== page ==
Some of the key requirements included in this act are:

  • Manufacturers need to publish the support period during which customers will receive security updates for their IoT device.
  • Manufacturers should have a vulnerability disclosure policy for reporting and managing security vulnerabilities in a product. They should provide clear information to customers on how to report security issues. There should be at least one point of contact for customers to report an issue and they should receive an acknowledgment of their report and status updates until the issue has been resolved.
  • The act prohibits the use of universal default passwords for consumer IoT products. The passwords must be unique per product and defined as per the minimum password requirements to minimize security risks.
  • Manufacturers need to provide a statement of compliance including information covering details of their products, a defined support period, and a declaration that the product complies with the security requirements mentioned in the act. Serious non-compliance of these requirements risks penalties which amounts to £10 million or 4% of the manufacturer’s global revenue, whichever is higher.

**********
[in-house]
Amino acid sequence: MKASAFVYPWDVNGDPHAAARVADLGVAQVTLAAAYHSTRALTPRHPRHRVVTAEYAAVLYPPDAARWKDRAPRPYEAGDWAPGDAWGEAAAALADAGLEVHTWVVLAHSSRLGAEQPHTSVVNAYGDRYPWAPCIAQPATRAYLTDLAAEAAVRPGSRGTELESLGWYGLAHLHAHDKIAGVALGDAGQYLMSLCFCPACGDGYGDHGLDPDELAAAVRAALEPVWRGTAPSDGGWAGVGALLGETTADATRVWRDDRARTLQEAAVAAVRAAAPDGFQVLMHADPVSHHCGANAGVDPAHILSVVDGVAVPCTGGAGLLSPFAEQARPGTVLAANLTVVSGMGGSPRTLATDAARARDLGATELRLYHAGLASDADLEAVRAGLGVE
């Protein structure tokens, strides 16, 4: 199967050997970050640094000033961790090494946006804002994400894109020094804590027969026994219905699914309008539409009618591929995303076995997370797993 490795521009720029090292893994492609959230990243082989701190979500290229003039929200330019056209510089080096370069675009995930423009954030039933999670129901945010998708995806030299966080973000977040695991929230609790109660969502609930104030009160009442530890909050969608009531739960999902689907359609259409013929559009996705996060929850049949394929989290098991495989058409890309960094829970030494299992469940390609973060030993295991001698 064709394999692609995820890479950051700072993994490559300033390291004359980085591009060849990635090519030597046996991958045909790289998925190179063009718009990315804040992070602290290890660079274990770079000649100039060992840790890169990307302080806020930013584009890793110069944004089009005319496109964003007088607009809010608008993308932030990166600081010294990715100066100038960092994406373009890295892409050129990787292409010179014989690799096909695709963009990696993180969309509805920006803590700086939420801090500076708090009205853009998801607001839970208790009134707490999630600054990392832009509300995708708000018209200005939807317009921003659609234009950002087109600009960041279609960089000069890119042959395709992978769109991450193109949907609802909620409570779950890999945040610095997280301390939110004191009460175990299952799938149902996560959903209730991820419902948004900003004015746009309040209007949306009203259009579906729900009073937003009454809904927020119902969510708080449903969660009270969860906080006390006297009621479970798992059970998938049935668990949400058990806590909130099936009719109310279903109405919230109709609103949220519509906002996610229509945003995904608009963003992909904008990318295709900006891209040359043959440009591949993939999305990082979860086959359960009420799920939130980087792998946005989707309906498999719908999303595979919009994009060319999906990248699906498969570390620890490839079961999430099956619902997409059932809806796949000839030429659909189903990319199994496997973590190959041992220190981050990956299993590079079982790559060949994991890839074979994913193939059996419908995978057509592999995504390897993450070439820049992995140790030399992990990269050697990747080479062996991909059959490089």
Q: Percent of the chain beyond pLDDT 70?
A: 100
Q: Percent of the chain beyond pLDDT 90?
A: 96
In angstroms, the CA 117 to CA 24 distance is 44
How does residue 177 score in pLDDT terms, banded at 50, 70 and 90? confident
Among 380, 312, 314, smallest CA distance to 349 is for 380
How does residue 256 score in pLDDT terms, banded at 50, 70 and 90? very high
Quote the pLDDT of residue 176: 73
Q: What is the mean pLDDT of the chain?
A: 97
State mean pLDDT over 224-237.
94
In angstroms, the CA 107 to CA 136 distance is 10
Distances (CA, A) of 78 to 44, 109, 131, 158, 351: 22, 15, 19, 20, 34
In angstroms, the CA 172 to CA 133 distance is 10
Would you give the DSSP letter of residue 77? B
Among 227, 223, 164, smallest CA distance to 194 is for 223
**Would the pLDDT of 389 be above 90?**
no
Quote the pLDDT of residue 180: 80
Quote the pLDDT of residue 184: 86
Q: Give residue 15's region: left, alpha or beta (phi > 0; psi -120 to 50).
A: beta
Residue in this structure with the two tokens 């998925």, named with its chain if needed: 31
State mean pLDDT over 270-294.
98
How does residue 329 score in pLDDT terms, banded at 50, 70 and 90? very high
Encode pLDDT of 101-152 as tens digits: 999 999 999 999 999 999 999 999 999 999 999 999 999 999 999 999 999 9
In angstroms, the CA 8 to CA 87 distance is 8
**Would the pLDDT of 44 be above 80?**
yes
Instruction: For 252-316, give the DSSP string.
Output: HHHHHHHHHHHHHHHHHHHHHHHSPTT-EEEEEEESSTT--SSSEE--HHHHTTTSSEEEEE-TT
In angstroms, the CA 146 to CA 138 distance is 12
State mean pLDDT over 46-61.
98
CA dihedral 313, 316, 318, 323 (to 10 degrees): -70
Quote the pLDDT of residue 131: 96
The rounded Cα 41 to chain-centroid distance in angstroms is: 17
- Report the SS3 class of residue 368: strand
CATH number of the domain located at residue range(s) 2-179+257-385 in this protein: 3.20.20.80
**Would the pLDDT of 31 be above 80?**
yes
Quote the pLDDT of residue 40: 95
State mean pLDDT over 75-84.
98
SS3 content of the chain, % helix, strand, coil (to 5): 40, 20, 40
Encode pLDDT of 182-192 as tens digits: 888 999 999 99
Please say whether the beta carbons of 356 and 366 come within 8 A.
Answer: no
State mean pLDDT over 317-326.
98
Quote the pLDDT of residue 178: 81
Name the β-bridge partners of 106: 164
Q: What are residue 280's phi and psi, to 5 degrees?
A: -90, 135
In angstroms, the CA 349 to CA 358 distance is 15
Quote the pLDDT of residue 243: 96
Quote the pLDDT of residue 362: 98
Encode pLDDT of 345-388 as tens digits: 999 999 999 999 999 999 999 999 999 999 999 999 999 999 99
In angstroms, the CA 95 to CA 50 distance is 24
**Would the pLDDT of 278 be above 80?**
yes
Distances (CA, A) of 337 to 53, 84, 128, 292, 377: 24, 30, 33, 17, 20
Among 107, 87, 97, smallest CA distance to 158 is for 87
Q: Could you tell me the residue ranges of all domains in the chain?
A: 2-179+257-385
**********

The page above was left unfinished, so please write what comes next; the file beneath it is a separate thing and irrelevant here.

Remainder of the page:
The European Parliament has also recently passed the Cybersecurity Resilience Act (CRA) on March 12, 2024. The Act covers all connected digital products that process data remotely. Like the UK PSTI act, some categories of products such as medical devices, defense and military products and motor vehicles are not in the scope of CRA, as they are regulated through industry-specific legislation. The aim of the CRA is to establish common cybersecurity standards for digital products and connected services sold in the EU market.

CRA will impact manufacturers of digital products operating in the EU. Products are categorized into default, Class I and Class II categories. Class I and II have stricter security requirements and Class II mandates a 3rd party assessment for compliance.

CRA requires manufacturers to consider the security of the products throughout the entire lifecycle starting from design, production and through to support. The product should consider security factors during the product design phase, such as data encryption and access management, solutions to tackle security risk factors and minimizing the impact of any security attack. The manufacturers should ensure there are no known vulnerabilities in the product. Manufacturers need to provide security updates for 10 years or for the remainder of the support period and maintain a record of any vulnerabilities during the product lifecycle. Any security breach needs to be informed to ENISA (European Union Agency for Cybersecurity) within 24 hours.